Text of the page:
An E-mail from a career services official at University of Mississippi School of Law to Ole Miss students who refused to provide their summer employment information is raising questions about whether students and law schools are seeing eye to eye on the role of career services offices.
In the E-mail, the text of which was published on the blog Above the Law, the career services officer wrote that the students in question had arrived at "some type of agreement ... to refuse to supply this information in some form of protest against Career Services not 'doing our job'—apparently misconstrued as 'finding people jobs.'"
Staci Zaretsky, assistant editor of Above the Law, says law students at Ole Miss and other schools see things very differently than the Ole Miss career officer.
"I feel like these days, especially given the weak hiring market for recent law school graduates, law students expect career services staff members to actually find them jobs," she says. "If not that, then they expect that [career offices] will at least be helpful and provide them with some suggestions on where to apply."
Several Ole Miss students would only confirm receiving the E-mail on the condition of anonymity, and the university didn't respond to queries about the message.
"I think that some students expect to randomly get E-mails from the [career office] that say, 'Show up at firm XYZ on Monday. I found you a job,'" says one Ole Miss student. "I don't think our [career office] was trying to say, 'It's not my job to find you a job,' but instead, 'Hey, I can't help you if you won't give me the chance to do so.'"
[Read about law grads who work in nonlegal professions.]
Brian Hoffman, a third-year law student at University of Maryland's Carey School of Law, admits that his impression upon entering law school was that the school's Career Development Office ought to find him a job. He said he has since realized that jobs don't just present themselves to law students.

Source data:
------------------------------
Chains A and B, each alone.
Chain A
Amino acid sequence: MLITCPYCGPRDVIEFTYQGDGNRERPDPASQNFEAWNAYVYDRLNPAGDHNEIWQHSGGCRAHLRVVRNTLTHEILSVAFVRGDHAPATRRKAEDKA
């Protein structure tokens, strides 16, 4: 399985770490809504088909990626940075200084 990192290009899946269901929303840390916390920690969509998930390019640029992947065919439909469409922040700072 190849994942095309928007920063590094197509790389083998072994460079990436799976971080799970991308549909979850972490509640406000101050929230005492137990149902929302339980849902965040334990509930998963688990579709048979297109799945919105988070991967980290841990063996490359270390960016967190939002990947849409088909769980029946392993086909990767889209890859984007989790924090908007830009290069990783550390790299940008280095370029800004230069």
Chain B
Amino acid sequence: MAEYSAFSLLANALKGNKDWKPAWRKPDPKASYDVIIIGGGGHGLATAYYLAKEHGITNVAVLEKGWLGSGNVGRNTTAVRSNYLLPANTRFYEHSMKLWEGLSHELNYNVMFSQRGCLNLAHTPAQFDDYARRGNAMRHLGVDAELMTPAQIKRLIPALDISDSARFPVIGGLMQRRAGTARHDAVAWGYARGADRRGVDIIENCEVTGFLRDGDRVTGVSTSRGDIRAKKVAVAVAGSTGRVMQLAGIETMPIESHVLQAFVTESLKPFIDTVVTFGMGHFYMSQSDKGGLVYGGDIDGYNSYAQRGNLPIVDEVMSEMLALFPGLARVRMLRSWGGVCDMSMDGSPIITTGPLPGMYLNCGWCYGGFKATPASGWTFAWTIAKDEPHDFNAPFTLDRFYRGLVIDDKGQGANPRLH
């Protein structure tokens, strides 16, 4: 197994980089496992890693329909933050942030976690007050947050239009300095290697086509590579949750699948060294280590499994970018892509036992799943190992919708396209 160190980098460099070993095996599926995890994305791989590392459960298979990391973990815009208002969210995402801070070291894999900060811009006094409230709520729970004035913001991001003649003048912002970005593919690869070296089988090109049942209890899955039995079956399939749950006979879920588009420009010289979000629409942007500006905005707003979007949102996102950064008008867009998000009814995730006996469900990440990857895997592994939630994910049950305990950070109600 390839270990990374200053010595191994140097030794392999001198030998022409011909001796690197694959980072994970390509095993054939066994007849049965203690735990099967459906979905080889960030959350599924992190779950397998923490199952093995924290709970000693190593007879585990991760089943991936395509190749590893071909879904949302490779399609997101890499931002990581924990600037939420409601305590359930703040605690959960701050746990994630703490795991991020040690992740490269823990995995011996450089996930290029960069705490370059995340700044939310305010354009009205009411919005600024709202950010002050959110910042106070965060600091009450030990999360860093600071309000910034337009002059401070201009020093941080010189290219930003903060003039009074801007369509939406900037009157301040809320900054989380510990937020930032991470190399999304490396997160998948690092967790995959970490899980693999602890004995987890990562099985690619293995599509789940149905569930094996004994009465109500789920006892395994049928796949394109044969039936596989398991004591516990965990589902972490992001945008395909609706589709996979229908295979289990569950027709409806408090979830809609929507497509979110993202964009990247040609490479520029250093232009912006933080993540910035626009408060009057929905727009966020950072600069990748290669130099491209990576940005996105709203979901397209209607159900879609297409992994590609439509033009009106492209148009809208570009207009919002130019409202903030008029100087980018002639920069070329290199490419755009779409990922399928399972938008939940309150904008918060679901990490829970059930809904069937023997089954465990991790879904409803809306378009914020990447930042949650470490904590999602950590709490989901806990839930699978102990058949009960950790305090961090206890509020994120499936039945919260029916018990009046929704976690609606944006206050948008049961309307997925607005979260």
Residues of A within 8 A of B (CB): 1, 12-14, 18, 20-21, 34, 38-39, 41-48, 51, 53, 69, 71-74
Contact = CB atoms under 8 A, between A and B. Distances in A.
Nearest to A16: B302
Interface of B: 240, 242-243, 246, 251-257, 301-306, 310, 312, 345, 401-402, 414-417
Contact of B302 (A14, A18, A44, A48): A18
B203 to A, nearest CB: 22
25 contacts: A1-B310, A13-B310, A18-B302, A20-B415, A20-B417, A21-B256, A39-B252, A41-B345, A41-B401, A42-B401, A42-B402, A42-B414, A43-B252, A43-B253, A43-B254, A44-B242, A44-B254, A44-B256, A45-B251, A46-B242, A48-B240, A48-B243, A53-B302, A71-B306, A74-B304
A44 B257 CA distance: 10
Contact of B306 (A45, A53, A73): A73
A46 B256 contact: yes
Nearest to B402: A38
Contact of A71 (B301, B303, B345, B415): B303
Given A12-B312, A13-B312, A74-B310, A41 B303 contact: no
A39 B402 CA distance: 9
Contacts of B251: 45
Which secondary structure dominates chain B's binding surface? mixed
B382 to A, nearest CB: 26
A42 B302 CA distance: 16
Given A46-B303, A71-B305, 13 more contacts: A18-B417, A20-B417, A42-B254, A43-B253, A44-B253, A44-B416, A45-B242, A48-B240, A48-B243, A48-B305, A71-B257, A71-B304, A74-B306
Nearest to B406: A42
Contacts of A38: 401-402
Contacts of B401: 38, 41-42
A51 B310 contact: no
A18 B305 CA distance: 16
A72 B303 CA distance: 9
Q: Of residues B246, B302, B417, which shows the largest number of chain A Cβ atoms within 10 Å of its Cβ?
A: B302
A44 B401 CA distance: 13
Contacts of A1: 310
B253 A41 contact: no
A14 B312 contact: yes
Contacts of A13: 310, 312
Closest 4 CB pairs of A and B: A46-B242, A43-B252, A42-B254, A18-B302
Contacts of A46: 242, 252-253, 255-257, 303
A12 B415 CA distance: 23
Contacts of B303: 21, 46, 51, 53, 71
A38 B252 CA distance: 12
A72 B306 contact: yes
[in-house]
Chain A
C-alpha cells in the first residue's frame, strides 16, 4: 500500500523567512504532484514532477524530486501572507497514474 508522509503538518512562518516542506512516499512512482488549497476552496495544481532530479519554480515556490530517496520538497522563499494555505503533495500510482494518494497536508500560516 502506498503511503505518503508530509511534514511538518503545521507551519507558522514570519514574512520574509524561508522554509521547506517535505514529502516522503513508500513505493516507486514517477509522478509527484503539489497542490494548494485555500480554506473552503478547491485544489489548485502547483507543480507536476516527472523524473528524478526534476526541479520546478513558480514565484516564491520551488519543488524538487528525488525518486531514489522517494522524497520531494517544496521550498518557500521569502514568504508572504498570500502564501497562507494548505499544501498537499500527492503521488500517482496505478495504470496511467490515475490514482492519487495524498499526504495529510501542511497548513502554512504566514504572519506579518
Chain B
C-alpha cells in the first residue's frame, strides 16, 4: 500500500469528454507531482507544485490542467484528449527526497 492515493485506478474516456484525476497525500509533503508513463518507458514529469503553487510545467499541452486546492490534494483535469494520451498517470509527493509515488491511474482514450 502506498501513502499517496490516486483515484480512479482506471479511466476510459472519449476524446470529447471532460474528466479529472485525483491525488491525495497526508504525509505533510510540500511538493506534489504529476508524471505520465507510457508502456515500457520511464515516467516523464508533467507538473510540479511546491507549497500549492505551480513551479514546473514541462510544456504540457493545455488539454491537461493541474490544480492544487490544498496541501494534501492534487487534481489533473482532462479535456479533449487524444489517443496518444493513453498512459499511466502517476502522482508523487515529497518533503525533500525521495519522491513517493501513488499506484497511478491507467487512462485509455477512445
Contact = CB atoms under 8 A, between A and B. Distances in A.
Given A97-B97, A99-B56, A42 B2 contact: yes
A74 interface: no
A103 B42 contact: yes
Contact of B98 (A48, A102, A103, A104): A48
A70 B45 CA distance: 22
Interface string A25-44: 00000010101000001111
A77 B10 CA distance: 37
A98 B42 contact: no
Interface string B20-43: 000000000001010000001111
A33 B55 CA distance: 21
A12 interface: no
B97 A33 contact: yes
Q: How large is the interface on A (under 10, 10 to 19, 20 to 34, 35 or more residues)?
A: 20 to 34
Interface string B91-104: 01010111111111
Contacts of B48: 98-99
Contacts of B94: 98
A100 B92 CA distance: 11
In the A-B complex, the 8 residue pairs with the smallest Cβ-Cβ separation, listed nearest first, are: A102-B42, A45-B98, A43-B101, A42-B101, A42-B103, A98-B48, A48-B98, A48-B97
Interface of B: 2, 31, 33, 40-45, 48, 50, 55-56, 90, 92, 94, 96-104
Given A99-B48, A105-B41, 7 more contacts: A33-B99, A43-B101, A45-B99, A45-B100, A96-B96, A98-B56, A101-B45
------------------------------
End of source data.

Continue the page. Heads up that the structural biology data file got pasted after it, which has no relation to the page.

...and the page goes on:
While his experience with his school's career office has been positive, he says peers have told him visiting the office was a "waste of time." He speculates that they might not have visited the office at all.
Law school officials agree that students need to take initiative in their job hunts. "No law school or career services office can guarantee any student employment at a particular type of organization or at a certain salary level," says Markeisha Miner, assistant dean of career services and outreach at the University of Detroit Mercy School of Law.
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Miner says her role is to help students identify goals, become aware of the realities of the hiring market, and apply for jobs. "Success is measured not only by post-graduation employment rates, but also by students' employment in the types of roles and sectors in which they are genuinely interested," she says.
According to Kasey Phillips, director of admissions and marketing at St. Francis School of Law, applicants and entering law students at the online school erroneously think the role of the career services office is to get them a job right away. "The ultimate role of the career services office is to help a student find a career, not just a job," she says.
"[S]tudents need to realize that law school career services personnel are not magicians," she adds.
Adam Ribock, a 3L at Ole Miss and president of the law school student body, has a different perspective. He says most students understand the role of career services.
[Read a law dean's view that jobs exist where students don't look.]
"I think the students who voice their complaints about the career services to outlets such as Above the Law have a different expectation of the career services office compared to that of most law students," he says. "Most law students know the career services office is there to support and help them out with the job search, but it is ultimately up to the student to get the job."
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